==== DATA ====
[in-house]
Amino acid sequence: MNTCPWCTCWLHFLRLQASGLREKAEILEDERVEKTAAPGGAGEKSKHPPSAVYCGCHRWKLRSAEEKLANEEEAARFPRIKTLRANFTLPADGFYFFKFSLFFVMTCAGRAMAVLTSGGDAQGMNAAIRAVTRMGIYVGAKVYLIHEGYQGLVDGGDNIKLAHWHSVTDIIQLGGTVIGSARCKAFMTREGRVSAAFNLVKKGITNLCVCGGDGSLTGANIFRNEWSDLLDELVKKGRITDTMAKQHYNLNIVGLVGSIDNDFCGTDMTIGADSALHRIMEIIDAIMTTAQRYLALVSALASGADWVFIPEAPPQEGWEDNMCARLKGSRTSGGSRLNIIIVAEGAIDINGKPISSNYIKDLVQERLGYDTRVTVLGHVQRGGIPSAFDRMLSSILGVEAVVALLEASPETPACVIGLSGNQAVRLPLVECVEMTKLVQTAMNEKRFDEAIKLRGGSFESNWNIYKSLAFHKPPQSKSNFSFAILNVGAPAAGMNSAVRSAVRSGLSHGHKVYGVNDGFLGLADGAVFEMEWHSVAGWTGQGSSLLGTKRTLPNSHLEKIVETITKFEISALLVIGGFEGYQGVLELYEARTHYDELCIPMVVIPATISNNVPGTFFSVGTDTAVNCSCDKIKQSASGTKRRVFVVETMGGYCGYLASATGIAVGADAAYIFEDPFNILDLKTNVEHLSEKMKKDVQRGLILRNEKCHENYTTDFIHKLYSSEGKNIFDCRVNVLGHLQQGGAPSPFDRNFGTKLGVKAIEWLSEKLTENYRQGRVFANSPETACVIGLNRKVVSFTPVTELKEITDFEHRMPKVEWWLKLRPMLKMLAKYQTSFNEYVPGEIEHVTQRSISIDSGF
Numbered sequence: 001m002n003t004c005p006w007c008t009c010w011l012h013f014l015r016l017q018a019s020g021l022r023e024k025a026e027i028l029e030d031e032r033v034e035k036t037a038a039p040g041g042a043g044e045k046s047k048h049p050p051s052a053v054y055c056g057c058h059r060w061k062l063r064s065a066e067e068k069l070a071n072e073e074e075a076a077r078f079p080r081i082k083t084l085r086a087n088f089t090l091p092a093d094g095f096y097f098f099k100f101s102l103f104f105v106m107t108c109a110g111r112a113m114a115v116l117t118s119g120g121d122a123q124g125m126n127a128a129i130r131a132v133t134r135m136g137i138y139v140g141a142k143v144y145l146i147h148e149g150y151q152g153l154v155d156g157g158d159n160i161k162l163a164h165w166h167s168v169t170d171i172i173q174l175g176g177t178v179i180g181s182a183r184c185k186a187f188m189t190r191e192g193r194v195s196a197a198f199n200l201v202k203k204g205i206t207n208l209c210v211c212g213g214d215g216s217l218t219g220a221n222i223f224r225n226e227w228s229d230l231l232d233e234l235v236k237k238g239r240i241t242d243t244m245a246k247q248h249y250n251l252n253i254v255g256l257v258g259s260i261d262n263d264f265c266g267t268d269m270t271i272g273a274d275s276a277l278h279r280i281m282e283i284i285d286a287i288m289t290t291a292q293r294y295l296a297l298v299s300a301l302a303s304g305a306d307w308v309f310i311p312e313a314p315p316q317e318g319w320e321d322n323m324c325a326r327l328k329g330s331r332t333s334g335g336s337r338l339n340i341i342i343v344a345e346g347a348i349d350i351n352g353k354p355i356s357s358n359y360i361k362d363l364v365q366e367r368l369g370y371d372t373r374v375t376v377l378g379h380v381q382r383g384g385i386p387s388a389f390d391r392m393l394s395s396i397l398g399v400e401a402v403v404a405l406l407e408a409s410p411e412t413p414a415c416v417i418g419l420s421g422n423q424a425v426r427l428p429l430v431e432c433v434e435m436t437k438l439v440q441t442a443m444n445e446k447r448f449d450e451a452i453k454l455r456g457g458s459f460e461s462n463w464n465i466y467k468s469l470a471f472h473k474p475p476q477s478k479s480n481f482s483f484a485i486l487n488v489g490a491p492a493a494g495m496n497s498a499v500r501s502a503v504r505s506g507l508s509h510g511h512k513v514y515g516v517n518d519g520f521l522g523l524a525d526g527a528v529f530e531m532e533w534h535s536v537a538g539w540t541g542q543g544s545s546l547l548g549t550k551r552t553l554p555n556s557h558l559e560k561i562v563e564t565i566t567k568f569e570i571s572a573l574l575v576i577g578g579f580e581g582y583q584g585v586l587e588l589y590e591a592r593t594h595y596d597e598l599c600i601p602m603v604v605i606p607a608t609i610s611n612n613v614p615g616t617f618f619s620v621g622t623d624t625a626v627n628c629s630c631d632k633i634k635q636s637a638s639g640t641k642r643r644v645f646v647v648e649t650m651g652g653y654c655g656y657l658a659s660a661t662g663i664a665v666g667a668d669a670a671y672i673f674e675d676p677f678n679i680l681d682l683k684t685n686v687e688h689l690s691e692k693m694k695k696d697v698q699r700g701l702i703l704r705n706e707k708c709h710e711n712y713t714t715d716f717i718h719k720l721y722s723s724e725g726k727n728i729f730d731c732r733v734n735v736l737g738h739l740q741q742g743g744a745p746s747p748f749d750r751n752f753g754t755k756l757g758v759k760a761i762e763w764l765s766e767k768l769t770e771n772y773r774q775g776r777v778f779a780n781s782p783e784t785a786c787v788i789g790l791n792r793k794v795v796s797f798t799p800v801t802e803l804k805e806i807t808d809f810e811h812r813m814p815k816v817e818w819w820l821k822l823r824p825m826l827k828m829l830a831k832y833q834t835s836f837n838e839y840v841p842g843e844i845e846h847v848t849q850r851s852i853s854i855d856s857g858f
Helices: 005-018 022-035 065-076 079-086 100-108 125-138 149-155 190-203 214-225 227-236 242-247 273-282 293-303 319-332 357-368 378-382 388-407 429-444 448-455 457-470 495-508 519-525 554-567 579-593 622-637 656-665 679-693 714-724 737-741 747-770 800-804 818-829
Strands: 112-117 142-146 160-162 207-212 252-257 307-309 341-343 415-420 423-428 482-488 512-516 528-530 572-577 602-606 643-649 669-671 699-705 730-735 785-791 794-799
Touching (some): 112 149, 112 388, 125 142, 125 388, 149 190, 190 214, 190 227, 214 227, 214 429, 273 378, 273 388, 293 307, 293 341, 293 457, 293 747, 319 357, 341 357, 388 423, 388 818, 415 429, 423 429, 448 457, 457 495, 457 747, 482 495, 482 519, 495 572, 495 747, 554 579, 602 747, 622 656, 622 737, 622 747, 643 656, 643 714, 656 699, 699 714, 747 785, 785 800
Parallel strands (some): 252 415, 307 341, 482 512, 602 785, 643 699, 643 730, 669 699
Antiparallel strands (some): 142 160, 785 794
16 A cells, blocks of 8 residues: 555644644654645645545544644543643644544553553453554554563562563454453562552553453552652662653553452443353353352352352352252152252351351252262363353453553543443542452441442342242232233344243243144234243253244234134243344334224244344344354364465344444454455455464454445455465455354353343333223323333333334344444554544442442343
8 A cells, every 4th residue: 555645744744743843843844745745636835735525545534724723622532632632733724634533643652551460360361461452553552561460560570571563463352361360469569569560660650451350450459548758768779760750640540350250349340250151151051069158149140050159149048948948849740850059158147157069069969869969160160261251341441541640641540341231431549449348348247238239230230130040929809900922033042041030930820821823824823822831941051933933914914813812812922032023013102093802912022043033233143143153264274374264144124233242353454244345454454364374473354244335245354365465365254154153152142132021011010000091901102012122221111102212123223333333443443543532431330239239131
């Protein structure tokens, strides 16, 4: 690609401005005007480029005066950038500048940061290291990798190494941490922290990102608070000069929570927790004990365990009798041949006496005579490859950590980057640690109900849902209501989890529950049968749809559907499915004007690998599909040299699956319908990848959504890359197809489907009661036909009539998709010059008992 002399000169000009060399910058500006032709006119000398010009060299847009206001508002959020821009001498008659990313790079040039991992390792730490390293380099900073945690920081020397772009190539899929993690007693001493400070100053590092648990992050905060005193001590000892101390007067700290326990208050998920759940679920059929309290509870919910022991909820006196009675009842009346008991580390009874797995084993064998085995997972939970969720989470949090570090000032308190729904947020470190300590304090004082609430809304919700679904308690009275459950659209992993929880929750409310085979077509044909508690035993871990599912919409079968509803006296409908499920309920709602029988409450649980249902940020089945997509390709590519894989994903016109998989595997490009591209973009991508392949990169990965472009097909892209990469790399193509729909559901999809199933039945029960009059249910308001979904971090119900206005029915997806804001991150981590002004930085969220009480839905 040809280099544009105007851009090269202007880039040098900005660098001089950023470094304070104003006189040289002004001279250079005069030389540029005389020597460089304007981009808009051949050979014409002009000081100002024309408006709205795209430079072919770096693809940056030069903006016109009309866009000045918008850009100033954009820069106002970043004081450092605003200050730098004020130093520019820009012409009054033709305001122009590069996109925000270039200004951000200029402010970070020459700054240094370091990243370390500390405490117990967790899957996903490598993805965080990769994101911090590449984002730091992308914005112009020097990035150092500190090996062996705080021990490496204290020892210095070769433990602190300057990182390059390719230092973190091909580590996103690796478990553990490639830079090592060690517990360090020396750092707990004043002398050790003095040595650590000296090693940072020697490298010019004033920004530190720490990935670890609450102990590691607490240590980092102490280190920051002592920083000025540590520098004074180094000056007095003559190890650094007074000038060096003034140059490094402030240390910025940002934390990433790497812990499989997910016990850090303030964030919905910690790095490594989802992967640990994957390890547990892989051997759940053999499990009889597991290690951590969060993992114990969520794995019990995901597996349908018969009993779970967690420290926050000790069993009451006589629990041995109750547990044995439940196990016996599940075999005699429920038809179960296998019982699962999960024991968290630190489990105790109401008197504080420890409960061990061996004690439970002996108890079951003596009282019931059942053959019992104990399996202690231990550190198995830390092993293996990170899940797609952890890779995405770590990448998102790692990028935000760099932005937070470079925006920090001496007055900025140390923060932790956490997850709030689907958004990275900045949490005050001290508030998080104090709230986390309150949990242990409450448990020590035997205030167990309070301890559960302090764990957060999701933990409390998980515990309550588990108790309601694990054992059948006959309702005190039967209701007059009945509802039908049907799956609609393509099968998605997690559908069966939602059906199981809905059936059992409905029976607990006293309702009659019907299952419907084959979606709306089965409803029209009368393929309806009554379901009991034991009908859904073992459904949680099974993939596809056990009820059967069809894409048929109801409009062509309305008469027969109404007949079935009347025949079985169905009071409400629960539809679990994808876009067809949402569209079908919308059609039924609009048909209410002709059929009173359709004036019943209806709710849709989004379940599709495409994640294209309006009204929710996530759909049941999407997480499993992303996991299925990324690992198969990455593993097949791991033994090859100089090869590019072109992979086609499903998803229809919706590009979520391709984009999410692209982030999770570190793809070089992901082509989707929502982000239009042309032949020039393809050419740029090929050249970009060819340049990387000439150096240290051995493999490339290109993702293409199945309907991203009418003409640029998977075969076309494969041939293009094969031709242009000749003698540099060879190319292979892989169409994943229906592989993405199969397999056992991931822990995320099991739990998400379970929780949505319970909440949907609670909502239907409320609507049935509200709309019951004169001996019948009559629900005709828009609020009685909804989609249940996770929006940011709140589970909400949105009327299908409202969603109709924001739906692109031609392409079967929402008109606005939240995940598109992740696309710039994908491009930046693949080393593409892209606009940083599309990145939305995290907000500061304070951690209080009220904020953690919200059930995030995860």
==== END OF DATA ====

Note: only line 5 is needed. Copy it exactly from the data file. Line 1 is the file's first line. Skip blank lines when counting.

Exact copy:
Strands: 112-117 142-146 160-162 207-212 252-257 307-309 341-343 415-420 423-428 482-488 512-516 528-530 572-577 602-606 643-649 669-671 699-705 730-735 785-791 794-799